Monday, December 04, 2006

Moving to a cell phone

Primarily as a cost-cutting measure, we have eliminated our land line phone and gotten a second cell phone. In spite of an egregious $5/month charge from DISH Network for not having our DVR hooked to a working phone line (which the DVR never uses, since we never buy PPV movies), this still will save us a bit more than $10/month, plus a number of other advantages.
  • My wife handles calls for us most of the time, because I hate talking on the phone. Since the cell phone has been our primary number through several moves, that means any time I carry it, I risk having to be the one to deal with calls, often about subjects I'm not keeping up on. Now there's no reason for me to ever carry that cell phone.
  • When we're both away from home, but not together, I'll still have access to a phone in case of need. This doesn't happen often but when it does, it's a big deal.
  • I can use a Bluetooth headset, which I love, as it leaves my hands free and lets me walk around and continue doing things.
  • The cell phone has lots of features I didn't have on the land line, some of which I may even use (like connecting to my Palm's address book via Bluetooth).
  • Text messaging is nice, plus it means my computers at work can page me via SMS when something's wrong.
  • When DISH Network finally releases the update that allows that stupid $5 charge to go away, the monthly savings will be up to $15.
Just to be fair, there are downsides.
  • In case of some catastrophe in which someone else is at our house without either of us there and that person has no cell phone, they can still call 911 right now, but Verizon won't guarantee that that'll stay.
  • It might be harder to get DSL in the remote chance Verizon ever gets around to offering it in our area.
  • If I had to dial in with my laptop, I would be unable to do so via modem.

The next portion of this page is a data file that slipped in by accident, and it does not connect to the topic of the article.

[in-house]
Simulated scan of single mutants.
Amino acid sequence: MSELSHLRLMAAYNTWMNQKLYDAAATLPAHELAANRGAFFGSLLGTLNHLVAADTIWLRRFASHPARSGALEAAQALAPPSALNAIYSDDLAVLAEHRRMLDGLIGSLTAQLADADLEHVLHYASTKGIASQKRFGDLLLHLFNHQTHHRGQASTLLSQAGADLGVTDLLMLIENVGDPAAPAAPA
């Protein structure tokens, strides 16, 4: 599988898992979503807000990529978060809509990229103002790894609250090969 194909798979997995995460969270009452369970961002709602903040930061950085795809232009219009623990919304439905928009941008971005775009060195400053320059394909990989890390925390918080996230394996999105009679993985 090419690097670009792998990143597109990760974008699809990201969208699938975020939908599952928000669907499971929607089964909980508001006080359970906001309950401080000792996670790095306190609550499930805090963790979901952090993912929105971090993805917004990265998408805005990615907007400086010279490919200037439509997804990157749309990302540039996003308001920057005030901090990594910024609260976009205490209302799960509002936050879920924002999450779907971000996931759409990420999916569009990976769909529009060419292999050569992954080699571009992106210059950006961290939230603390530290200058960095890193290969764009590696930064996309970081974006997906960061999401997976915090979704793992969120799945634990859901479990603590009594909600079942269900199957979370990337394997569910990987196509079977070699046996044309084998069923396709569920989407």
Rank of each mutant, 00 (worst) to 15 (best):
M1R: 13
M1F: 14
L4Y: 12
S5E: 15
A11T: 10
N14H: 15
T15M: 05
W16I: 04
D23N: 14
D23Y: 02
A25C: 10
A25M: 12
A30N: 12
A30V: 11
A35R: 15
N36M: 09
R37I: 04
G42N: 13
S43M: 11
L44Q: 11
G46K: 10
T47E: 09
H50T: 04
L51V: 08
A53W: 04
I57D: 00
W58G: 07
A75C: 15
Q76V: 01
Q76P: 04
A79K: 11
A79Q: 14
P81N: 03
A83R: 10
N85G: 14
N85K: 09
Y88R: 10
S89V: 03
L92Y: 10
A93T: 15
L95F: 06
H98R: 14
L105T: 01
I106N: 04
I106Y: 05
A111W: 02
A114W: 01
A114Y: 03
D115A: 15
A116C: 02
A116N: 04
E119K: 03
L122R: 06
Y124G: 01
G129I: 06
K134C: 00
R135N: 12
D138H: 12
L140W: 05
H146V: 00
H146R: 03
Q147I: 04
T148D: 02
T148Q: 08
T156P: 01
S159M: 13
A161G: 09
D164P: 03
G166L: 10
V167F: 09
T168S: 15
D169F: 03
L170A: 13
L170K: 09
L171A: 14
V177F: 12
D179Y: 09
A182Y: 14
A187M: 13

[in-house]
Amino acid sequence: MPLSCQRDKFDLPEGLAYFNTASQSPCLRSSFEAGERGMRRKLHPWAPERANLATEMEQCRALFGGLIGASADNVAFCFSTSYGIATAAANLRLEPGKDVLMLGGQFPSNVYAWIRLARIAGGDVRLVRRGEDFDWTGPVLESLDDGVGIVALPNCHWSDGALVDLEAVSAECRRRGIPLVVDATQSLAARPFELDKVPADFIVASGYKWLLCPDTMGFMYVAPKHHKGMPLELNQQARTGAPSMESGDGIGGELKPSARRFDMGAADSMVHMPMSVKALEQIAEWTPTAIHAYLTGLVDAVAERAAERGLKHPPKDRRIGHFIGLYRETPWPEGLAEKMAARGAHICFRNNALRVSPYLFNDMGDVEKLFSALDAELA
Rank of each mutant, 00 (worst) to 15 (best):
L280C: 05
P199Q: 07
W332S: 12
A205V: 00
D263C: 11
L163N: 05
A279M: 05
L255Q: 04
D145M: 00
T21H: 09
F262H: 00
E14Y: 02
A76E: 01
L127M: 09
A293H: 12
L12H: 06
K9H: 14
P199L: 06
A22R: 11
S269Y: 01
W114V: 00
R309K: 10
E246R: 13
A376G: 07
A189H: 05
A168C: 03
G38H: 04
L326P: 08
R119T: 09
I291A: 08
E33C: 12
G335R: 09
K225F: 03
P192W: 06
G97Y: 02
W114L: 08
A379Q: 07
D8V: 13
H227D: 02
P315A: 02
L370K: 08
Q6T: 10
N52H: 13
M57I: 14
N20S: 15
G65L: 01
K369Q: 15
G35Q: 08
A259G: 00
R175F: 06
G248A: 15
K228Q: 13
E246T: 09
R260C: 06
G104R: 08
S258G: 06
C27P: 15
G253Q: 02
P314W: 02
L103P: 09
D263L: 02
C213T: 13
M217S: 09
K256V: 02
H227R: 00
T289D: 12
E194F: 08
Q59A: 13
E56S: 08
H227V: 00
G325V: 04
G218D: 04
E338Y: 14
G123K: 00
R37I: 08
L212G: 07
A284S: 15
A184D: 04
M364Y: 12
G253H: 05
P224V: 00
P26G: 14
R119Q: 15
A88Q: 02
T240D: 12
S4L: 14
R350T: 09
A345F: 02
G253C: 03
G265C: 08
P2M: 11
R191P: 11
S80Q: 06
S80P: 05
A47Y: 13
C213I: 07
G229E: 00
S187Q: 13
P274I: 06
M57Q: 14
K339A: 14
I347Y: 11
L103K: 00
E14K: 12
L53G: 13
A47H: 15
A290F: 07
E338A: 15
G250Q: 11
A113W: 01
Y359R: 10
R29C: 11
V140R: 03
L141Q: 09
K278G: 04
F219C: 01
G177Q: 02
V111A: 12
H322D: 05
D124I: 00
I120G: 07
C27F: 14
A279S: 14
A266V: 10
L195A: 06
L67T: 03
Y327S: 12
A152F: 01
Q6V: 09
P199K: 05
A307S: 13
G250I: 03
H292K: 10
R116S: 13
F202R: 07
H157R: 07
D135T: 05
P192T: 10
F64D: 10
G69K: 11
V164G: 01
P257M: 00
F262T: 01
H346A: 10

litlfrog said...

A slightly personal question: have you always hated talking on the phone? While I understand that you have some of the classic "geek" symptoms in which you're unsure in social situations, you seem to cope with it quite well. Do you remember a time when you realized, "Hey, I hate talking on the phone"?

HawthornThistleberry said...

I think I always hated it but I'm not sure when I realized. Over the years I've refined my understanding of it somewhat. I don't hate talking to people I know on the phone, but I hate having to do business with strangers on the phone, and doubly so if I'm the one to start the call -- presumably because then it falls to me to lead the call instead of simply reacting.

Mixed in with that is some amount of hating how the phone interrupts things. Most other forms of communication in which I engage are at least a little forgiving if I have to take a moment to finish a thought -- even face-to-face talking allows for that in a way phones don't, because the other person can follow your cues and hints. (That's why talking on a phone in the car is more dangerous than talking to the person in the passenger seat.) But the phone demands that you are doing this now, regardless of if it's a bad time, and you aren't doing anything else (though that part is reduced by the headset freeing you from having to cradle the phone against your ear, at least).

I'm a lot more comfortable with the phone now than I was years ago, but I'm still not as good at it as Siobhan is. Plus since she's the one to do the calls usually, I get an extra layer of awkwardness if I have to resume a conversation she initiated, which I might not know everything about.